Hey, ACLU: Father/Daughter Dances Are Not Sexist

Much of the time, traditions can be wrong, and I think it’s good that progress usually wins out in our ever-changing world. But sometimes traditions are harmless.

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The ACLU says father/daughter dances not only play into an old stereotype of what kinds of activities “girls” enjoy, but they discriminate against girls who don’t have fathers. I disagree.

Months ago, father/daughter dances and mother/son baseball games were part of a school district tradition in Cranston, Rhode Island, until one mother called out the “injustice” that her daughter wasn’t allowed to attend the dance because she didn’t have a father present in her life. That’s when the ACLU stepped in and helped change the policy that would lead to a ban the dance.

Much of the time, traditions can be wrong, and I think it’s good that progress usually wins out in our ever-changing world. But sometimes traditions are harmless, and the negative impact of letting them continue is so small it should be overlooked. This — the father/daughter dance — is one of those instances.

The father/daughter relationship, as well as the mother/son relationship, can often be a strained one, because of the difference in gender. Dads typically like to do “guy stuff” with their sons and chances to bond with their daughters can be rare. A dance may seem boring to some girls, or a little old-fashioned, and with the changing dynamics of the American family not all girls have fathers in their lives — but banning a formal social opportunity for dads and daughters to hang out seems to miss the point. (It should be noted that for girls without fathers in Cranston, a stand-in was welcome to attend the dance.) Rather than cancel the event and treat it like a breach of human rights, the ACLU should have recognized it for what it really is: a community effort to promote family time.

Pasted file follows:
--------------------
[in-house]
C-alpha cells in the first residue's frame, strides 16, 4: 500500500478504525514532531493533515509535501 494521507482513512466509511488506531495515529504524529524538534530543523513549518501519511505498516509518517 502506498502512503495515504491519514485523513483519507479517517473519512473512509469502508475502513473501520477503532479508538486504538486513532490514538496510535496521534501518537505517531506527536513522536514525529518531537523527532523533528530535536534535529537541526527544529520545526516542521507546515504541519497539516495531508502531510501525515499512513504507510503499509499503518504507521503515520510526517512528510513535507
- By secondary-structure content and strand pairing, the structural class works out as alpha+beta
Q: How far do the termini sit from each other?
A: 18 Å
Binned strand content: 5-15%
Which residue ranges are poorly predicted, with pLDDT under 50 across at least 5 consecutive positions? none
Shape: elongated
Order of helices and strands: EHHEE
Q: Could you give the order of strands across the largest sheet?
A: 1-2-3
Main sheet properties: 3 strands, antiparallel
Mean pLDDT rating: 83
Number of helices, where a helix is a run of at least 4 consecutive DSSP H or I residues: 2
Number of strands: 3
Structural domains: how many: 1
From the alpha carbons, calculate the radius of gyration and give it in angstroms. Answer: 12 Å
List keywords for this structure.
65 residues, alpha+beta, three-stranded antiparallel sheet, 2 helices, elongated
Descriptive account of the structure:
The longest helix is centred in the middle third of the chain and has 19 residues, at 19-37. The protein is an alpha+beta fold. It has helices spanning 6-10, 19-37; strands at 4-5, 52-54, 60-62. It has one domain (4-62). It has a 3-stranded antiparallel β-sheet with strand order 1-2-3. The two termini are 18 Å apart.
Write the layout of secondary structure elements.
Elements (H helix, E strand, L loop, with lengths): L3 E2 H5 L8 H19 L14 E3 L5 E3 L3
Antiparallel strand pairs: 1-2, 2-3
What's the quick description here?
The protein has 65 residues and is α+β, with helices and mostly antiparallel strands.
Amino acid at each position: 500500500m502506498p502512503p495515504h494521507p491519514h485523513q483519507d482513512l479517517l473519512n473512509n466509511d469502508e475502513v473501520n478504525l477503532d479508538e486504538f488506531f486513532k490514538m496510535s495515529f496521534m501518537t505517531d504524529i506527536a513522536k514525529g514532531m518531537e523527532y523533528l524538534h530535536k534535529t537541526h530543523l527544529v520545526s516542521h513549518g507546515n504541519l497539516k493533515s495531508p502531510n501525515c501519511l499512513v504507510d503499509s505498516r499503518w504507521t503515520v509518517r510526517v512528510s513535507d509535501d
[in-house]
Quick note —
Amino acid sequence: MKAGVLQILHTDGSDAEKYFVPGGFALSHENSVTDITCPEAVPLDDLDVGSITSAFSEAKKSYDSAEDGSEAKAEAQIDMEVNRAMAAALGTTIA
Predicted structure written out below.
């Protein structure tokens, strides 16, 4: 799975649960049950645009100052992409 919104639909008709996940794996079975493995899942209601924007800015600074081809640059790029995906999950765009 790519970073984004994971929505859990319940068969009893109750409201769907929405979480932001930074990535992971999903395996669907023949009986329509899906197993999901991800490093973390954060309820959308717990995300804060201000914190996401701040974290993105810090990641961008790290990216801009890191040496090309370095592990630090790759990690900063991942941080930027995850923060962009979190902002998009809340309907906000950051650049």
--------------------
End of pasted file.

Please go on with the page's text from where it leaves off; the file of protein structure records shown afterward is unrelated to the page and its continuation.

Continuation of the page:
A surprisingly low number of American households actually strive for quality family time these days, regardless of parent-child gender. According to the Bureau of Labor Statistics, the average American watches television nearly 3 hours of every day. That’s about the total amount of daylight hours kids and parents spend at home together during the week before and after school and work. The average parent also spends about 38.5 minutes a week in meaningful conversation with their children. How much quality family time can you get on that schedule?

For me as a kid, bonding with my dad wasn’t as easy as bonding with my mom, but the opportunities that came up were always really special. I was lucky. My dad made an effort to make sure I knew that even though I was a girl, he and I still had similar interests and could be buddies. If my town had banned things like “Take Your Daughter To Work Day” (I always went to my dad’s office) or phased out the Father/Daughter YMCA group we joined, just because some girls didn’t have fathers and therefore couldn’t join too, I’d have missed out on a great opportunity to hang out with my dad as a pre-teen, and realize how cool he was.

There’s such a short amount of time when kids enjoy hanging out with their parents in front of their friends. Why wouldn’t school communities embrace those years while they can, and help build up the family/school/child relationship? Besides, the ACLU should have bigger fish to fry.

Reprinted with permission from The Jane Dough

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